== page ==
This inflammation of the small intestine is due to a coronavirus. Most ferrets will recover from it, with the exception of elderly or debilitated individuals who are more severely affected. The symptoms are vomiting, green diarrhea, sometimes hemorrhagic. The ferret is very tired and no longer feeds. Some ferrets can carry the virus without showing any symptoms. Cured ferrets can also be carriers. Treatment will depend on the severity of the signs: intestinal dressings, anti-diarrhea, antibiotics, etc. This virus can mutate into a systemic ferret coronavirus, which is responsible for a condition that is generally fatal for the animal.

Ferret cancers

Insulinoma is a tumor in the pancreas that causes hormonal disease. In a ferret over 3 years of age, hypoglycaemia becomes frequent. This occurs especially in ferrets who have been fed too sweet a diet, even though the ferret is a carnivorous strict. Partial removal of the pancreas may help. But only a third of the animals thus operated on recover from their hypoglycemia.

Adrenal gland disease is caused by a tumor in the adrenal gland that causes excess sex hormones. It affects sterilized ferrets over 3 years of age, regardless of their sex. It is detected by a loss of hair that begins with the tail and progresses towards the front of the body. Removal of the involved adrenal gland is often suggested, especially in young ferrets. Oral or implant hormonal treatment may also be offered.

Cancer of the lymphatic tissues is common in ferrets. It then causes digestive diseases with rectal prolapse, chronic diarrhea and weight loss. The diagnosis is made after a complete blood test, combined with an intestinal biopsy.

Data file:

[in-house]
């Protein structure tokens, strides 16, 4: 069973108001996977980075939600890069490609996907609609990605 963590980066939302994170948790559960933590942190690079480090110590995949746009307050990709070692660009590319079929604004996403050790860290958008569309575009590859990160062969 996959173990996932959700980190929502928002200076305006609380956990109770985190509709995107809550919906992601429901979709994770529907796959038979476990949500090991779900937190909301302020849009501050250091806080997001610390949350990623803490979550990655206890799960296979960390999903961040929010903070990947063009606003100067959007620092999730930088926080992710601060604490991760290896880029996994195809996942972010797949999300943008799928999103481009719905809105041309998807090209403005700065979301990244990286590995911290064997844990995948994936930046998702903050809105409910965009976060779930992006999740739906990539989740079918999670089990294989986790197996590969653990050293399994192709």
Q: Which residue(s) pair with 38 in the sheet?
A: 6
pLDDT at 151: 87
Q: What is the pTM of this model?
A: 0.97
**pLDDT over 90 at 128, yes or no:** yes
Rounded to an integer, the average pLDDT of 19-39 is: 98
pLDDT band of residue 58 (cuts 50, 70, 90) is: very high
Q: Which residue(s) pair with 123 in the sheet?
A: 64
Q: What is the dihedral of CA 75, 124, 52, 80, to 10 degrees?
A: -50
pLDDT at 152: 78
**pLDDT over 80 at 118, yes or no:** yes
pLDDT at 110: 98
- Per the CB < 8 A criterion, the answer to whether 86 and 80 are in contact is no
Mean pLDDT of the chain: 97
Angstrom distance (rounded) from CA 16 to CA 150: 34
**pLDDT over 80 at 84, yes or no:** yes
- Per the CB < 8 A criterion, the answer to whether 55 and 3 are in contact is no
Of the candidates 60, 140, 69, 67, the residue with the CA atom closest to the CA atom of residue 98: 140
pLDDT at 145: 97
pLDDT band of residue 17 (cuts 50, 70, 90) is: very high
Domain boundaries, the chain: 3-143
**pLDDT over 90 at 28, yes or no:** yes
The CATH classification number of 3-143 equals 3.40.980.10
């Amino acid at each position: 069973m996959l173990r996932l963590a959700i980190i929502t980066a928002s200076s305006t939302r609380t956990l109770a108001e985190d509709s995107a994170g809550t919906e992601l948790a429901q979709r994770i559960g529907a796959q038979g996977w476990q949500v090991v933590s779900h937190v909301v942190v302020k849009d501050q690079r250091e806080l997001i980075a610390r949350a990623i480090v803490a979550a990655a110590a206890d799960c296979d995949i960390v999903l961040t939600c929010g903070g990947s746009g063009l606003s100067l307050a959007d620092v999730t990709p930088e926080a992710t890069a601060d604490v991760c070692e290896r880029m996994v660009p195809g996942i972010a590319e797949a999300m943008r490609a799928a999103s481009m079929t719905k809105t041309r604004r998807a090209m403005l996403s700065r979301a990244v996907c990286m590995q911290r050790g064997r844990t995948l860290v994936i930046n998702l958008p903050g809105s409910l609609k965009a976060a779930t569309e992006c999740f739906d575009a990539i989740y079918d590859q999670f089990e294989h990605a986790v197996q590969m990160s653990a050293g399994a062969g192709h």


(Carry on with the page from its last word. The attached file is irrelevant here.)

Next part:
Ferrets can also be prone to adenocarcinoma.

Aplastic anemia in female ferrets

If you adopt a female ferret, if you do not want her to reproduce, do so sterilize from the age of 6 months to avoid this painful disease. It occurs when an unsterilized female remains in heat without being covered. The estrogen level remains high and causes the body (blood cells) to malfunction. The animal quickly becomes anemic and dies.

Ferret kidney cysts

Kidney cysts are common in ferrets. The kidney is swollen without this being critical to the health of the animal. You simply have to monitor them to ensure that their evolution remains limited.

Ferret poisoning

You probably know that the ferret is a very curious animal: it explores its environment carefully and, like a toddler, consumes toxic products. As for the child, you must to secure environment and keep hazardous substances out of reach of the animal to protect them.

Ingestion of a foreign body, without being an illness in itself, is the cause of disorders which can be fatal. This is common in ferrets less than a year old. As these young animals like to chew soft materials like rubber, latex, or gum. Pieces can stagnate in the stomach for several weeks. If the foreign body passes into the intestines and is not evacuated, the animal should be taken for emergency consultation. It is not easy to make the diagnosis: loss of appetite, weight loss, occasional vomiting, abnormal stools and pain that can cause aggressive behavior (the animal can sense that something is wrong and becomes irritable). An X-ray can confirm the occlusion and surgery will be the only possible cure.

Beyond disease prevention

So that your ferret can live its life in the best conditions, do not forget the few basic care to be lavished on it regularly: cut its claws (only the white part of the claw, never the pink part), clean the ears, check its teething and maintaining its coat.